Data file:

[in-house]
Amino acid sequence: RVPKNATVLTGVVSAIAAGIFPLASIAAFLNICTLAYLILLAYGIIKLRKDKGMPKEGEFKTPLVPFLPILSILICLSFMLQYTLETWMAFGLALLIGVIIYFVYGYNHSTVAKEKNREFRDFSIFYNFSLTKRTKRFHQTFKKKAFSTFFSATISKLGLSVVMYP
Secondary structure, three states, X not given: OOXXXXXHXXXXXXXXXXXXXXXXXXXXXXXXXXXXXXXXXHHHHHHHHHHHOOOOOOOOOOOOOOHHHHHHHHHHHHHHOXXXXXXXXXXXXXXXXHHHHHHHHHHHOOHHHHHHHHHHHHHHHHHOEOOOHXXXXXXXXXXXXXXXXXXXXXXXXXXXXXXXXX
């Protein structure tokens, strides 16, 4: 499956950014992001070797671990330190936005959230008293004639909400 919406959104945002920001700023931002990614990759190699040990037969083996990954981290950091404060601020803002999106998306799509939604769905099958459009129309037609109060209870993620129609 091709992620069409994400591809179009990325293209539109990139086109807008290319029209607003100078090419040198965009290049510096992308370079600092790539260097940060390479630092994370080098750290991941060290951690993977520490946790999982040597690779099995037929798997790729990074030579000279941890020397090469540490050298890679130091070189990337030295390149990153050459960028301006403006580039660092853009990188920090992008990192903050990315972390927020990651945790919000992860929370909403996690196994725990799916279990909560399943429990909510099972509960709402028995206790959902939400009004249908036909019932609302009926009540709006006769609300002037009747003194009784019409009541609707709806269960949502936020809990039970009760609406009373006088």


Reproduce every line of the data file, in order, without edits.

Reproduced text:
[in-house]
Amino acid sequence: RVPKNATVLTGVVSAIAAGIFPLASIAAFLNICTLAYLILLAYGIIKLRKDKGMPKEGEFKTPLVPFLPILSILICLSFMLQYTLETWMAFGLALLIGVIIYFVYGYNHSTVAKEKNREFRDFSIFYNFSLTKRTKRFHQTFKKKAFSTFFSATISKLGLSVVMYP
Secondary structure, three states, X not given: OOXXXXXHXXXXXXXXXXXXXXXXXXXXXXXXXXXXXXXXXHHHHHHHHHHHOOOOOOOOOOOOOOHHHHHHHHHHHHHHOXXXXXXXXXXXXXXXXHHHHHHHHHHHOOHHHHHHHHHHHHHHHHHOEOOOHXXXXXXXXXXXXXXXXXXXXXXXXXXXXXXXXX
């Protein structure tokens, strides 16, 4: 499956950014992001070797671990330190936005959230008293004639909400 919406959104945002920001700023931002990614990759190699040990037969083996990954981290950091404060601020803002999106998306799509939604769905099958459009129309037609109060209870993620129609 091709992620069409994400591809179009990325293209539109990139086109807008290319029209607003100078090419040198965009290049510096992308370079600092790539260097940060390479630092994370080098750290991941060290951690993977520490946790999982040597690779099995037929798997790729990074030579000279941890020397090469540490050298890679130091070189990337030295390149990153050459960028301006403006580039660092853009990188920090992008990192903050990315972390927020990651945790919000992860929370909403996690196994725990799916279990909560399943429990909510099972509960709402028995206790959902939400009004249908036909019932609302009926009540709006006769609300002037009747003194009784019409009541609707709806269960949502936020809990039970009760609406009373006088």